Far from dismissing three safety events on Japanese Boeing 787 Dreamliners as mysteries that will go forever unresolved, the nation’s safety authority has issued a series of recommendations to Boeing, and the Federal Aviation Administration that suggest the two entities don’t fully understand the ways the volatile lithium ion batteries and their chargers can fail.
The Japan Transport Safety Board (along with the U.S. National Transportation Safety Board) has been looking into what happened on board three Japanese airliners in 2013 and 2014 to cause the revolutionary new airplane’s lithium ion batteries to fail. This resulted in smoke, fire and a lot of panic among passengers not to mention the global aviation industry. After the first two events two weeks apart in 2013, the 787 was grounded from January to April.
In telling reporters earlier this week that “Maybe we have not found the cause but we have a workable solution,” Norihiro Goto the JTSB chief makes it clear the board’s just-released final report is not the final word.
Instead, the report, released in English on September 25, says during its examination of the batteries and charging devices and a lengthy series of tests, the investigators learned that the battery system performed in unexpected ways, “outside of the design envelope”.
In short, the Japanese are saying that the 787 Dreamliner, 180 or so of which are now flying around the globe on ultra long haul operations, hours from an emergency landing airport, continues to baffle the scientists and engineers who designed it and those who supervise its safety.
This may come as a surprise to those who took the FAA at its word that in issuing the “special condition” back in 2007 that first allowed volatile lithium ion batteries to fly, it and Boeing exhaustively studied, comprehended and mitigated the dangers. But in the report, the Japanese say, the safety of the lithium ion batteries was overstated. In one of several recommendations it makes to the American safety agency the JTSB asks it to reassess its earlier “inappropriate calculation of the failure rate.”
To me, the most significant failure noted by the JTSB was in performing tests prior to certification of the 787, Boeing did not replicate how the battery and charger would be installed on the airplane.
In the set-up for certification the battery was not grounded. The JTSB has come to conclude that when the first cell on ANA flight 804 failed, there was arcing to the stainless steel bar bracing the battery box, electrifying it and leading to the thermal runaway. This does not explain the initiation of the first cell failure, but does suggest how it got out of hand leading to the emergency landing.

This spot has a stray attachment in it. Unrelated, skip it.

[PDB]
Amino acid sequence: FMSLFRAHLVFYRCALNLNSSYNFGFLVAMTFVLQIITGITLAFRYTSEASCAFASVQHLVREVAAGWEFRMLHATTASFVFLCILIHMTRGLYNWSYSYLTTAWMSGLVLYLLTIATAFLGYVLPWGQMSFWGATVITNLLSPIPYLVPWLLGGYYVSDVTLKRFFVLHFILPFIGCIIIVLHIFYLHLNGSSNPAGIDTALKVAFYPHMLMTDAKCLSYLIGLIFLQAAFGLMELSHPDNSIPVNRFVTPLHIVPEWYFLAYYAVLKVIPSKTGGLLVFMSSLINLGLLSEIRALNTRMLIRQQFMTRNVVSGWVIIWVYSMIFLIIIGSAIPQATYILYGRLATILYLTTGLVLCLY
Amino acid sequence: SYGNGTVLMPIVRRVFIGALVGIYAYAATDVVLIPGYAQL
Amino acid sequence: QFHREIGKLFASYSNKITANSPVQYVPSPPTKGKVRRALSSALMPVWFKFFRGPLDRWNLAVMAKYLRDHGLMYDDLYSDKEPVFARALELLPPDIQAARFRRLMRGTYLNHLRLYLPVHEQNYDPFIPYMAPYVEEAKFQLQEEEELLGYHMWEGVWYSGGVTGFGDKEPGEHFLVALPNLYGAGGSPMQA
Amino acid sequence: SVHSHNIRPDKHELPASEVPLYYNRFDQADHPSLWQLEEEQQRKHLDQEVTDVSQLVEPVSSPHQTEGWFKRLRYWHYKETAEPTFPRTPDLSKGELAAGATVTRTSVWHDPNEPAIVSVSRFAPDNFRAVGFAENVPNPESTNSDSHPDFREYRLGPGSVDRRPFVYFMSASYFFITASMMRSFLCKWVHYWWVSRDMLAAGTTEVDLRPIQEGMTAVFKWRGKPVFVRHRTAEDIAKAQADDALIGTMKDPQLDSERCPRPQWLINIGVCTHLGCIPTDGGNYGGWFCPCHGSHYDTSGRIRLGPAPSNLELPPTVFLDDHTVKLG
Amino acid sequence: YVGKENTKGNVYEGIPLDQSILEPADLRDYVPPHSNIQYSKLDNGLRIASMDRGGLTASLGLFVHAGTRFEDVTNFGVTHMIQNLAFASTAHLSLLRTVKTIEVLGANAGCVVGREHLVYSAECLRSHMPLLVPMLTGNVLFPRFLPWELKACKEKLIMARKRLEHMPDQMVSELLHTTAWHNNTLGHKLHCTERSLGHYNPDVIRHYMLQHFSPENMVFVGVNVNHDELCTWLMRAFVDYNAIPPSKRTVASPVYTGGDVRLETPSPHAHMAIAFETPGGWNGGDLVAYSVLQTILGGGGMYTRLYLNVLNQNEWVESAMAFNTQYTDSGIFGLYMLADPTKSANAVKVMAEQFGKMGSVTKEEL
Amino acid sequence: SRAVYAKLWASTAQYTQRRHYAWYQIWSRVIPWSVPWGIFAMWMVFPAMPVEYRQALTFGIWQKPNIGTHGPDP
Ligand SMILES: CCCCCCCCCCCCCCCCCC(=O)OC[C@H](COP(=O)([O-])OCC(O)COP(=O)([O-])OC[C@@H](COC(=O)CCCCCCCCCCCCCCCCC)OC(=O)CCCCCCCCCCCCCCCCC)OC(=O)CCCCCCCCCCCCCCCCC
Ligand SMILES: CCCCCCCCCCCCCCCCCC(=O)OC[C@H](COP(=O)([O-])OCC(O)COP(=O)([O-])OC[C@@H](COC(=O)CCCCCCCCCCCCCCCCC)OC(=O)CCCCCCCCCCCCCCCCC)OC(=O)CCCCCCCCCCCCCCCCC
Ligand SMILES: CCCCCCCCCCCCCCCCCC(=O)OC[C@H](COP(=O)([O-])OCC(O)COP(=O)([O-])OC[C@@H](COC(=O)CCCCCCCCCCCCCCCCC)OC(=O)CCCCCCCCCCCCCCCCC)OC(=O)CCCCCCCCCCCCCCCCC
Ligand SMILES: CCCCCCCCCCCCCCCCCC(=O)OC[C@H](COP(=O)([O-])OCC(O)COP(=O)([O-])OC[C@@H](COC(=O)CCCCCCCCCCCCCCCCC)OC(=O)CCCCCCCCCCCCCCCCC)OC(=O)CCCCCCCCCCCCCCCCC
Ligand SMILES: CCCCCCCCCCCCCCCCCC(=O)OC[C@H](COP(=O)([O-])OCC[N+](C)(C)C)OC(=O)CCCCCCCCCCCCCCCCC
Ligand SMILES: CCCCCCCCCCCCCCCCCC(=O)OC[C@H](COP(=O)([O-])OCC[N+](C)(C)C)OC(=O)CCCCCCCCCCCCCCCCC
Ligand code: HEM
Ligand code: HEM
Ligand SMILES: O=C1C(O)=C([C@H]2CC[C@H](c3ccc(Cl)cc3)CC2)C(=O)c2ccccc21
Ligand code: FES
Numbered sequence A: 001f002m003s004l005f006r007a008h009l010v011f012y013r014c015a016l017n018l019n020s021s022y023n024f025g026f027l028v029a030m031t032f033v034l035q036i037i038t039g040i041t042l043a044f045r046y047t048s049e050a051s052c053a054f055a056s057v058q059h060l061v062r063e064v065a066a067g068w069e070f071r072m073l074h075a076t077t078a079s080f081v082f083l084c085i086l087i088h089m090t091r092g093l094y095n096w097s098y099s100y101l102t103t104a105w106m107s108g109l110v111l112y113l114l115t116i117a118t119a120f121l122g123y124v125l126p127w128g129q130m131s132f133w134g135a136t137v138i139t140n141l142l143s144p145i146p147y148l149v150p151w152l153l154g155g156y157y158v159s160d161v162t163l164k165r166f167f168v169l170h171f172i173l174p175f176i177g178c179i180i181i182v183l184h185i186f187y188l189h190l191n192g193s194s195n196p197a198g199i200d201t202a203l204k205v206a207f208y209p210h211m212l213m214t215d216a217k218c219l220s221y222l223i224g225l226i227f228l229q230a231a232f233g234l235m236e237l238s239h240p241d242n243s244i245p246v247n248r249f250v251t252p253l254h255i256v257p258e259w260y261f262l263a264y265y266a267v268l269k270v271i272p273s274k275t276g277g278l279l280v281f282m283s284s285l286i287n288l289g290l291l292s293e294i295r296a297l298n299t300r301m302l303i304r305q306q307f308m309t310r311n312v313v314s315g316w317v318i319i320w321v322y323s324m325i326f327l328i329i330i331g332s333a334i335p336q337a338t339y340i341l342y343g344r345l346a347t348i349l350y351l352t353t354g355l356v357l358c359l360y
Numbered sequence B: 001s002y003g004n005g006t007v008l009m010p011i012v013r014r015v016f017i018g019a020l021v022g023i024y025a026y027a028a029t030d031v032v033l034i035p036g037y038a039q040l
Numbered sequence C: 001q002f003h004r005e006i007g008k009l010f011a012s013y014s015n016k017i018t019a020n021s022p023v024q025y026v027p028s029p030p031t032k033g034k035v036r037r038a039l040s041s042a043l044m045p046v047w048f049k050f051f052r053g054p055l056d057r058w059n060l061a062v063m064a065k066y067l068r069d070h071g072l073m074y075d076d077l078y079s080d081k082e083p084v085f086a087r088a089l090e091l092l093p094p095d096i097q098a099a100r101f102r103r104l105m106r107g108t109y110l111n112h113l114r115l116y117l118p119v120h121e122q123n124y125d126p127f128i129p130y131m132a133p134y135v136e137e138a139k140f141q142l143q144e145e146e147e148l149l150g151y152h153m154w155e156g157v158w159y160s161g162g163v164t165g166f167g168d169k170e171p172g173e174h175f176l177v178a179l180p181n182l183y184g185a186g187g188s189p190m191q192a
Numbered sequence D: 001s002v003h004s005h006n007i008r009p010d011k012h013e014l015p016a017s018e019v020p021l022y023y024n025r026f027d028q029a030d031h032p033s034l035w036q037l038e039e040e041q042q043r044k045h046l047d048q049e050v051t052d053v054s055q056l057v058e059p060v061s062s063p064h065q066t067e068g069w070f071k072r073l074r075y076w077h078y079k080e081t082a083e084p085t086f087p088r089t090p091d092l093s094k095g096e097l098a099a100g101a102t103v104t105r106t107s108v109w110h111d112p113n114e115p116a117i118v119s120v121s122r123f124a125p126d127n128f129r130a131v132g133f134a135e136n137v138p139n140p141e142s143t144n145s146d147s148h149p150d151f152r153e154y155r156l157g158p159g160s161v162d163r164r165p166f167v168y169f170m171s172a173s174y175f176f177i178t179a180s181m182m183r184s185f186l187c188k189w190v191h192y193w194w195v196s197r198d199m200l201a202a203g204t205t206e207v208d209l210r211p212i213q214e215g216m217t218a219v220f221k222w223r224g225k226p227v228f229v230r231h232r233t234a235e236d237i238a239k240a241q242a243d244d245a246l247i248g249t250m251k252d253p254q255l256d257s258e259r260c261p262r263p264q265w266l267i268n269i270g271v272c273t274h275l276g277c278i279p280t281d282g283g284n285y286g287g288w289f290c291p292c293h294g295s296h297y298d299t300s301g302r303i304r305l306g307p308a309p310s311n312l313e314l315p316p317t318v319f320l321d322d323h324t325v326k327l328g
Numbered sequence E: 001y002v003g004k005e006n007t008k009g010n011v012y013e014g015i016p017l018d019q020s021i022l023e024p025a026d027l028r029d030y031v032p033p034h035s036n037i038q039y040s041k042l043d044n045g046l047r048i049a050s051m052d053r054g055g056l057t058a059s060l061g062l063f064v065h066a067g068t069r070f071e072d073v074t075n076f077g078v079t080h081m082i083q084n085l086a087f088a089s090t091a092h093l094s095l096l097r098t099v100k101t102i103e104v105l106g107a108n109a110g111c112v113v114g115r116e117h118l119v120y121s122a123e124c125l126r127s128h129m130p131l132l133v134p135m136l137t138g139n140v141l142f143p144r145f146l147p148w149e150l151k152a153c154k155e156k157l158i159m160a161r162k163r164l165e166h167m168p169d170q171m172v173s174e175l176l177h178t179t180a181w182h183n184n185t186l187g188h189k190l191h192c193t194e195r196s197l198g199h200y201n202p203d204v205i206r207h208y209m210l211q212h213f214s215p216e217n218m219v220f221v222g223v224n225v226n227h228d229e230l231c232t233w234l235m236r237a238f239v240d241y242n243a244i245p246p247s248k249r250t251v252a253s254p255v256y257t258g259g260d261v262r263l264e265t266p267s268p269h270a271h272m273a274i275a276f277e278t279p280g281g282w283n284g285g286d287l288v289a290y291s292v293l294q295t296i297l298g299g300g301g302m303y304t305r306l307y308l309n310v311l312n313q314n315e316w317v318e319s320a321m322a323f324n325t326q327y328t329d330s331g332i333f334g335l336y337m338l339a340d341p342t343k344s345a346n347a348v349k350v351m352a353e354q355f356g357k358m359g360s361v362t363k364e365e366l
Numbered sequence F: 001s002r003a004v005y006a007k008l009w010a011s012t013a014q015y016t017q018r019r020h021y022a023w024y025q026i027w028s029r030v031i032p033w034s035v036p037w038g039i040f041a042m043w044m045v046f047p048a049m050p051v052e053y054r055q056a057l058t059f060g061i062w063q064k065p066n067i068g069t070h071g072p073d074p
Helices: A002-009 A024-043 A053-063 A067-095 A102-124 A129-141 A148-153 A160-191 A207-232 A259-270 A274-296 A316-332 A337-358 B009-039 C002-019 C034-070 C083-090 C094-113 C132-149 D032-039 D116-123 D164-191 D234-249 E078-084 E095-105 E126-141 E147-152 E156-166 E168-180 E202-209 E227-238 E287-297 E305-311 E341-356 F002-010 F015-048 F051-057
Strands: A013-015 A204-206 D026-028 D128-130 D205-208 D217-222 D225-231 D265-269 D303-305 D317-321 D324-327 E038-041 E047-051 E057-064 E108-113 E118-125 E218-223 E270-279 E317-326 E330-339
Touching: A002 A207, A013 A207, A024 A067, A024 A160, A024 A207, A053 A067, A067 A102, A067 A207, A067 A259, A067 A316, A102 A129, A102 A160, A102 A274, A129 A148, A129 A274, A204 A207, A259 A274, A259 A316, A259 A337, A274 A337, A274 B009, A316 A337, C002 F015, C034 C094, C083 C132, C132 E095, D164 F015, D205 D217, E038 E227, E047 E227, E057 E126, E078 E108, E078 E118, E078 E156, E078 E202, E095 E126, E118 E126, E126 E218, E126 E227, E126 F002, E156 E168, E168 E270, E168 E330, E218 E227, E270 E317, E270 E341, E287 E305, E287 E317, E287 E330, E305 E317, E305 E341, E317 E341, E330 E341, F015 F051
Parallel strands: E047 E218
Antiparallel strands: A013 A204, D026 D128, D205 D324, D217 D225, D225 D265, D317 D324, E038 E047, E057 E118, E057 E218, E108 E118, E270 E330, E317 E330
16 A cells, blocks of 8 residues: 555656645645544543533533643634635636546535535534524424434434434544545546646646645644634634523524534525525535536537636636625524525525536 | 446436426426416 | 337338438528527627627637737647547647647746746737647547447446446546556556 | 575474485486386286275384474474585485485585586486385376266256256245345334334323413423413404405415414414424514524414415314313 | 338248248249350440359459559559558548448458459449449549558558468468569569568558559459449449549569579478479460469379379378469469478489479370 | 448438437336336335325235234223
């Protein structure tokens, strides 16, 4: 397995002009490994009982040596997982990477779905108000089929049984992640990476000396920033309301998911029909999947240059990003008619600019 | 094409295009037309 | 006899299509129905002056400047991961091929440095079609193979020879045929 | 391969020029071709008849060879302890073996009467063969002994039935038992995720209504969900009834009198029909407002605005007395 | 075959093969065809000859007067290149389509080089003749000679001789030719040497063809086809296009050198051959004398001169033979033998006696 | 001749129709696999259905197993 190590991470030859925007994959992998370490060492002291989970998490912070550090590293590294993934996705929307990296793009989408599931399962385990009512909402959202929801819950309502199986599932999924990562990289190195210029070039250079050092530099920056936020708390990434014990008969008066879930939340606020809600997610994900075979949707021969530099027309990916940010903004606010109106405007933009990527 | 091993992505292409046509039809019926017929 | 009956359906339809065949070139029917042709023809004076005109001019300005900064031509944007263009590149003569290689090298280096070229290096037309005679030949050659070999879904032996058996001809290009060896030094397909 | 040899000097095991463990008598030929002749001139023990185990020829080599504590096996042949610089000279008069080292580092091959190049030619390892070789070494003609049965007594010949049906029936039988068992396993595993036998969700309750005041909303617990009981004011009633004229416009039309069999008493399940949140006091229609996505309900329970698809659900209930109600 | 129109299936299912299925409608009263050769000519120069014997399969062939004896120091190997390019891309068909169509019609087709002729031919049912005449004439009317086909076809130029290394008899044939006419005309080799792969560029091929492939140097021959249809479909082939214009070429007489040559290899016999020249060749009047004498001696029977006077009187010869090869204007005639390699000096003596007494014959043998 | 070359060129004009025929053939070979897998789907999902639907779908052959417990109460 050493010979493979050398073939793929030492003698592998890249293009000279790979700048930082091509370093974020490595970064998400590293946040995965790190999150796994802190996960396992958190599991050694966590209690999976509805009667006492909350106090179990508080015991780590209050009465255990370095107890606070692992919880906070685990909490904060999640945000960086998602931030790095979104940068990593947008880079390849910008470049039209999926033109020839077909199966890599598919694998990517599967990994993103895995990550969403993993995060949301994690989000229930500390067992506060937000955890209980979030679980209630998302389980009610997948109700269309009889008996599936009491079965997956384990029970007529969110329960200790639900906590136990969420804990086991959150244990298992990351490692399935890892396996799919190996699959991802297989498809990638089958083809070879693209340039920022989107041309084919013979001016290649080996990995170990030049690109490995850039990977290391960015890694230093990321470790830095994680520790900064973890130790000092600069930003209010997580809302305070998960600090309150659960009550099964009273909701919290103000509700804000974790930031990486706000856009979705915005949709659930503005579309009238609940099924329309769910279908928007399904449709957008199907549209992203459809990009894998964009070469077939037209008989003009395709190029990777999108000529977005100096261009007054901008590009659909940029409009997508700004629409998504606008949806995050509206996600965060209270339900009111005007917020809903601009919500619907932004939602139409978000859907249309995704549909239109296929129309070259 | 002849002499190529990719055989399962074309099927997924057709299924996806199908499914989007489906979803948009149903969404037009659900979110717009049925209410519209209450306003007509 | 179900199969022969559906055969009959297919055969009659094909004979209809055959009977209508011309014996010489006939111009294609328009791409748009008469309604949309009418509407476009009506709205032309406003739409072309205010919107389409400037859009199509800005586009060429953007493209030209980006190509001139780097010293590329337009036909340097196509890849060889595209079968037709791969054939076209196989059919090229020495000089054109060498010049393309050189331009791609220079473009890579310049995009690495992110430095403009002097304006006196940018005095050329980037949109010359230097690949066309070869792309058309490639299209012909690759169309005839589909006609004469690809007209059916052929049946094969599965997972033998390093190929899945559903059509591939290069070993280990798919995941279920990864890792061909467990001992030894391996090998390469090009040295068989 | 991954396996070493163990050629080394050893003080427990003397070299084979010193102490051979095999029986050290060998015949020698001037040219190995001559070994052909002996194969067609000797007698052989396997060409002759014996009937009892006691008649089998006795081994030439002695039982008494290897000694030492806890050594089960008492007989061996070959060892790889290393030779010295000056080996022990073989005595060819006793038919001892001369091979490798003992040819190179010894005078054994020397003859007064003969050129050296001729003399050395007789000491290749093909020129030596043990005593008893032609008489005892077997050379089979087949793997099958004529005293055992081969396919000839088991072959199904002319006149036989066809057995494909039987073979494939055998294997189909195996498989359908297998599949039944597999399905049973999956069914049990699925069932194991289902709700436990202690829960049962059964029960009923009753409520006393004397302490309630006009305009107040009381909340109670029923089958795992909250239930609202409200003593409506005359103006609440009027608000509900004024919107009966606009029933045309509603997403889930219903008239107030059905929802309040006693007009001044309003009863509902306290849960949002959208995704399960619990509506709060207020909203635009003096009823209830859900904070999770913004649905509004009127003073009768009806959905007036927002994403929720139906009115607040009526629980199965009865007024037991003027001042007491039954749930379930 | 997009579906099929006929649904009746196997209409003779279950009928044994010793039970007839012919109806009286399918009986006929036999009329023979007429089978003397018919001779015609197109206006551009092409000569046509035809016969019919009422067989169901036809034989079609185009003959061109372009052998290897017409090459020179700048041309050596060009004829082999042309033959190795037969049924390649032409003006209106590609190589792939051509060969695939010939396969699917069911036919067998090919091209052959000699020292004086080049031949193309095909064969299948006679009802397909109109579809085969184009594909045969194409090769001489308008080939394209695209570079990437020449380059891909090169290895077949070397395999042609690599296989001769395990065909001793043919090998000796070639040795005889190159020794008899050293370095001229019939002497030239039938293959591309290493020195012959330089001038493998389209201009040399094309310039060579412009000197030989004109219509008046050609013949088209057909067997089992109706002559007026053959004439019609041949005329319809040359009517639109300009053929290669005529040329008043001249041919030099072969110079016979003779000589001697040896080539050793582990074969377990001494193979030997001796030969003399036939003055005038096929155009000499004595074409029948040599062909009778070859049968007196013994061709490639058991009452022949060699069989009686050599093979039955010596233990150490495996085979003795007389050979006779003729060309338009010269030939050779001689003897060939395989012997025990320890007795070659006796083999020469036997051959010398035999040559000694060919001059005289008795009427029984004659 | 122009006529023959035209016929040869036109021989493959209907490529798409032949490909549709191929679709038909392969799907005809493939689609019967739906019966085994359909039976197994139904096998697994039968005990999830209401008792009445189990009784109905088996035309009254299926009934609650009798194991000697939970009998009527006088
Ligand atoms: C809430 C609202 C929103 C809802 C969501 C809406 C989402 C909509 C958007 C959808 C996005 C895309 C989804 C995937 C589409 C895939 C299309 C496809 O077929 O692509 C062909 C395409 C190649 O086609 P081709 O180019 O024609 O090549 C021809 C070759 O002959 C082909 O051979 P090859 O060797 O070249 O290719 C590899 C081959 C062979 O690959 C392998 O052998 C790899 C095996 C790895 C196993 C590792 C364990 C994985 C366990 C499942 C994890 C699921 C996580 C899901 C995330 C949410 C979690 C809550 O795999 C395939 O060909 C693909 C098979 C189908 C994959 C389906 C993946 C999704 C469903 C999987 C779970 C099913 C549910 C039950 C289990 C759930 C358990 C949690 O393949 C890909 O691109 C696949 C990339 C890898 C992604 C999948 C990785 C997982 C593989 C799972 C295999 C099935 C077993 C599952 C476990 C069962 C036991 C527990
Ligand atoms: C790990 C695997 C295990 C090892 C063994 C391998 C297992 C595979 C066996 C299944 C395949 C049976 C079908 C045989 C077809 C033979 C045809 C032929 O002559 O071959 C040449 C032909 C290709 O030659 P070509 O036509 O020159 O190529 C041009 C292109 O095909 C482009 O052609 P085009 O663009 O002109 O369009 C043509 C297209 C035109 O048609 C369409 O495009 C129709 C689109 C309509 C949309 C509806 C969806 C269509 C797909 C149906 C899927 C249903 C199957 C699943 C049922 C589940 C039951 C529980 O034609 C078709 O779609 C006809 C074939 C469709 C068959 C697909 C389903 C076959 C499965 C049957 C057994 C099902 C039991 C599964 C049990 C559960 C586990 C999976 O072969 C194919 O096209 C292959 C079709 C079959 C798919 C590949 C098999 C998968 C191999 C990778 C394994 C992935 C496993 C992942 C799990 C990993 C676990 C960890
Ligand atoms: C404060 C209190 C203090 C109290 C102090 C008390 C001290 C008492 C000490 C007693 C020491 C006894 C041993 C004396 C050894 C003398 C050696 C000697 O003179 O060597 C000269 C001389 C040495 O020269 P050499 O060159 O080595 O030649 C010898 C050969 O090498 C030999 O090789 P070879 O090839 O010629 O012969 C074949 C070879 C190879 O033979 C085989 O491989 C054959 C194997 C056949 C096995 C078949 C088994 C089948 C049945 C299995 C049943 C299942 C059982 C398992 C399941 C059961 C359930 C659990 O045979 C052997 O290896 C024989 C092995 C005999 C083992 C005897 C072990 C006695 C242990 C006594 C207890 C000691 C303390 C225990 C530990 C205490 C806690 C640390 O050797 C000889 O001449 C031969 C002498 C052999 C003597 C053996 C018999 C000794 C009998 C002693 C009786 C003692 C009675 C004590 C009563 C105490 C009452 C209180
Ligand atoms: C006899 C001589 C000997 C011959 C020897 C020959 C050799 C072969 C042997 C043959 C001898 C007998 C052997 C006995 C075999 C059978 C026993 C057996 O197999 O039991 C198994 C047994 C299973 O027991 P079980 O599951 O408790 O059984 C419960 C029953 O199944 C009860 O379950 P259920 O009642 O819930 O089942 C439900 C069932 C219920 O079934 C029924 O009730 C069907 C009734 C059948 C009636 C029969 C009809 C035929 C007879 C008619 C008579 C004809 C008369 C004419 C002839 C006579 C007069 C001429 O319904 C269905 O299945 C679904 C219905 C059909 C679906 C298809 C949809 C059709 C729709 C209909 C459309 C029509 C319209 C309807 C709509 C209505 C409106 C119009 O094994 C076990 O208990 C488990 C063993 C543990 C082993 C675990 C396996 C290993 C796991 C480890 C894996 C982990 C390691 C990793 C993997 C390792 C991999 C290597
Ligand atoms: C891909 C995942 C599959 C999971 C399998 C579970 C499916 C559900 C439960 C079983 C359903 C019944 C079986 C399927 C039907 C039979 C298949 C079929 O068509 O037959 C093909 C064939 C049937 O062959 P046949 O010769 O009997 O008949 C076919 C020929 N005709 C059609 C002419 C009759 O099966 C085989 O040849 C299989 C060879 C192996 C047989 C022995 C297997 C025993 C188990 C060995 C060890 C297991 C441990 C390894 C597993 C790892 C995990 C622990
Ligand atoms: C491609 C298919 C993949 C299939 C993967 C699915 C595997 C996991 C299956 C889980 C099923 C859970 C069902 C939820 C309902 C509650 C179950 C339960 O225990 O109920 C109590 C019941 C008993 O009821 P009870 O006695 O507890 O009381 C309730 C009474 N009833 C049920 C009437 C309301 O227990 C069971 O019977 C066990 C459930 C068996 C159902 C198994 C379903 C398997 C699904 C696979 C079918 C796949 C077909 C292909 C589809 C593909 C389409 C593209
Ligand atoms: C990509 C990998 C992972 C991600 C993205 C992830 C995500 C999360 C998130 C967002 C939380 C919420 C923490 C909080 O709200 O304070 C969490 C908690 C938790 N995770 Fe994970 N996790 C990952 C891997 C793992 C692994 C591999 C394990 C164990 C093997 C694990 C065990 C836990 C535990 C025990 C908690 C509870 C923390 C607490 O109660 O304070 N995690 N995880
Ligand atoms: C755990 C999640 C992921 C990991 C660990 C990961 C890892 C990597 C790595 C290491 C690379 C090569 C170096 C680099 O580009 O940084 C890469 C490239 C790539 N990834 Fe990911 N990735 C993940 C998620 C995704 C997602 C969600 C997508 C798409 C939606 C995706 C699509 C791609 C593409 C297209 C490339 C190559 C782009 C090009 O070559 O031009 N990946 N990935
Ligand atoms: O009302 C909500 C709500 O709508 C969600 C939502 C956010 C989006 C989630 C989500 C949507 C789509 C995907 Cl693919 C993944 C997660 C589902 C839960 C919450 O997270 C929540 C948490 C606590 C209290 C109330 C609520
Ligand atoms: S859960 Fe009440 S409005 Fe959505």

Who can answer why the earlier tests conducted by Boeing and ostensibly approved by the FAA were different from how the lithium ion batteries would ultimately be assembled in the aircraft? Whatever, the report concludes that the battery standards “do not appropriately address the electric environment.”
Further, the battery charger performed in ways that threaten the ability of the lithium ion batteries to provide emergency power for plane, which is, curiously, one of their most important functions. The FAA and Boeing need to “improve” that, the report says.
In its conclusion, the Japanese say the use of lithium batteries in flight should be reviewed in light of the actual failure rate, not the optimistic one put forward by Boeing. And in a tone, not unlike the way I would speak to my misbehaving children, it offers that in the future, the FAA should require that equipment tests simulate actual flight operations. (These suggestions were in part, reinforced by the French Bureau d’ Enquents et d’ Analyses, included in a letter to the JTSB at the conclusion of the report.)
So, no, there’s no answer to the question “what initiated the battery event” on the ANA Flight that sent passengers scrambling down the emergency evacuation slides on a winter day at Takamatsu Airport in 2013. But there’s enough what-could-have-been discussed the report to send a lot of airplane designers and safety experts back to take another look at the Boeing 787 Dreamliner. And that’s without knowing what the NTSB intends to conclude about the Japan Airlines event in Boston.
But it is a far, far different summation of the Dreamliner’s airworthiness than what the FAA concluded earlier this year. To understand why that reminds me of Woody Allen’s views of sex, click here.
Author of The New York Times bestseller, The Crash Detectives, I am also a journalist, public speaker and broadcaster specializing in aviation and travel.